Tuesday, May 19, 2009

Good Starting brings Good Bullpen

Last night I was watching the MLB network and Bill Ripken said something so astoundingly simple and obvious that I just had to take it further:

"You cannot have a good bullpen without a good starting staff."

Let's consider for a moment, shall well, the last few games for the Yankees.

The Yankees have won seven of eight, losing only to Roy Halladay in Toronto. The starting pitching may not have been perfect, but it's been pretty darn good.

In the past six game winning streak, the pitching has allowed two runs three times, four runs twice and more than five just once (last night).

Now, last night may have been far from a decent pitching performance from the Yankees, but what is perhaps more important is that with the #4/#5 starter on the mound (depending on who you ask), the Yankees took a lead and never relinquished it.

It's not as though the bullpen has had many nights off, as three walk-off wins in a row tend to involve bullpen usage, but last night, the bullpen was still able to get it done and avoid the use of Mariano Rivera.

In the last eight games the bullpen has pitched 22 innings and allowed just five earned runs.

It's probably not much of a coincidence that Sabathia, Burnett and Joba have done some of their best pitching of late while Pettitte has been good enough and Hughes, in his last start, only let three of ten runners score.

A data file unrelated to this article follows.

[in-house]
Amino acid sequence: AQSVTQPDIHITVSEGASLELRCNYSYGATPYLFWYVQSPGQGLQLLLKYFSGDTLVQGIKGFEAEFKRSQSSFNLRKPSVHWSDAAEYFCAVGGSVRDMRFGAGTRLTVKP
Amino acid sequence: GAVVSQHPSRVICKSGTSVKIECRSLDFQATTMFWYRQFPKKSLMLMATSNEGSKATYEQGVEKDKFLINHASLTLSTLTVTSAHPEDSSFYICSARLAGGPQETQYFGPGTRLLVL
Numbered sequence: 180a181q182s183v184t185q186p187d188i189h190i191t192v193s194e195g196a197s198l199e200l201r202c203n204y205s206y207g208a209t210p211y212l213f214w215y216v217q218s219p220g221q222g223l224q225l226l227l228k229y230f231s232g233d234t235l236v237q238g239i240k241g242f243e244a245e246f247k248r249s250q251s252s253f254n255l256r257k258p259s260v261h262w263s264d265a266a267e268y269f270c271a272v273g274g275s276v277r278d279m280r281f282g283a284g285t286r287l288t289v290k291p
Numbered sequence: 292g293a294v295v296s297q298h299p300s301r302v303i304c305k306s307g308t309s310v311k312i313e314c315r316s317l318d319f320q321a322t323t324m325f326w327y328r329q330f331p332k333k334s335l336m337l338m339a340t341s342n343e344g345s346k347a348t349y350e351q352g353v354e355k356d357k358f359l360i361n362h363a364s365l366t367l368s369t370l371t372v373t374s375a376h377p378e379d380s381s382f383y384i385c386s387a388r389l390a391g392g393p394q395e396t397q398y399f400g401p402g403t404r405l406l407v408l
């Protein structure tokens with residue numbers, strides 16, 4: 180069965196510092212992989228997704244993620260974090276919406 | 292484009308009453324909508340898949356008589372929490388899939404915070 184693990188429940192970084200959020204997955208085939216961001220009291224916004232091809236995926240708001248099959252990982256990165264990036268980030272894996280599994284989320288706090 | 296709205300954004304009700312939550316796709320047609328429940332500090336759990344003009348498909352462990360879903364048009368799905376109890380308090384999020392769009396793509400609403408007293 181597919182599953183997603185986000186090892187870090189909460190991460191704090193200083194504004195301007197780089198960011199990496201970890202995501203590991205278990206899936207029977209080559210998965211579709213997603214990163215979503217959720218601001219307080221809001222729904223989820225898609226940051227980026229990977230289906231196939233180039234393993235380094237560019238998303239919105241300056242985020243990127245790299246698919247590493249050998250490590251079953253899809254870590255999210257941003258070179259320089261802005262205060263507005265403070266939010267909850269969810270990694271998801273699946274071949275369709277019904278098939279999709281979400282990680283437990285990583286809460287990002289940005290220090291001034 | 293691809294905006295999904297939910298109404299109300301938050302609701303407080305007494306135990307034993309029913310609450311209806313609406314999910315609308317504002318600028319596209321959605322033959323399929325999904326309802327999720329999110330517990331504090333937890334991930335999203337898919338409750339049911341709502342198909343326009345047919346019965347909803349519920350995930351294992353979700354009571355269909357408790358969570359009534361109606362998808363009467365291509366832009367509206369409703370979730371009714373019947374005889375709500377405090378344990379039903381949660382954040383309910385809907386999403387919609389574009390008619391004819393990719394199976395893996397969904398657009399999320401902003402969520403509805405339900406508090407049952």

Now, the current bullpen is far from a good bullpen. Fans shouldn't have to bite their nails when a team scores seven runs on the basis of the reliever brought into pitch, but still, there is reason to be optimistic.

Brian Bruney should return tonight, and while Bruney, Alfredo Aceves, Phil Coke and Mariano Rivera may not be the core of other Yankee bullpens past (excepting Rivera), it's still a starting point.

A closer, a potential long man, a lefty and a righty set up man that can all get the outs they're supposed to is perhaps the minimum for an effective bullpen, but if they can all do their jobs--and there's no reason to suppose they can't, especially when the starting pitching gives you six or seven innings every time out--everything else becomes gravy.

At the beginning of the season, Yankee starters had not been giving the team any length. For the most part, this seems to have shifted of late, and with it comes a more effective bullpen even without Girardi lifting a finger.

It's probably too obvious, the correlation between good starting and a good bullpen, which is why it needs to be said.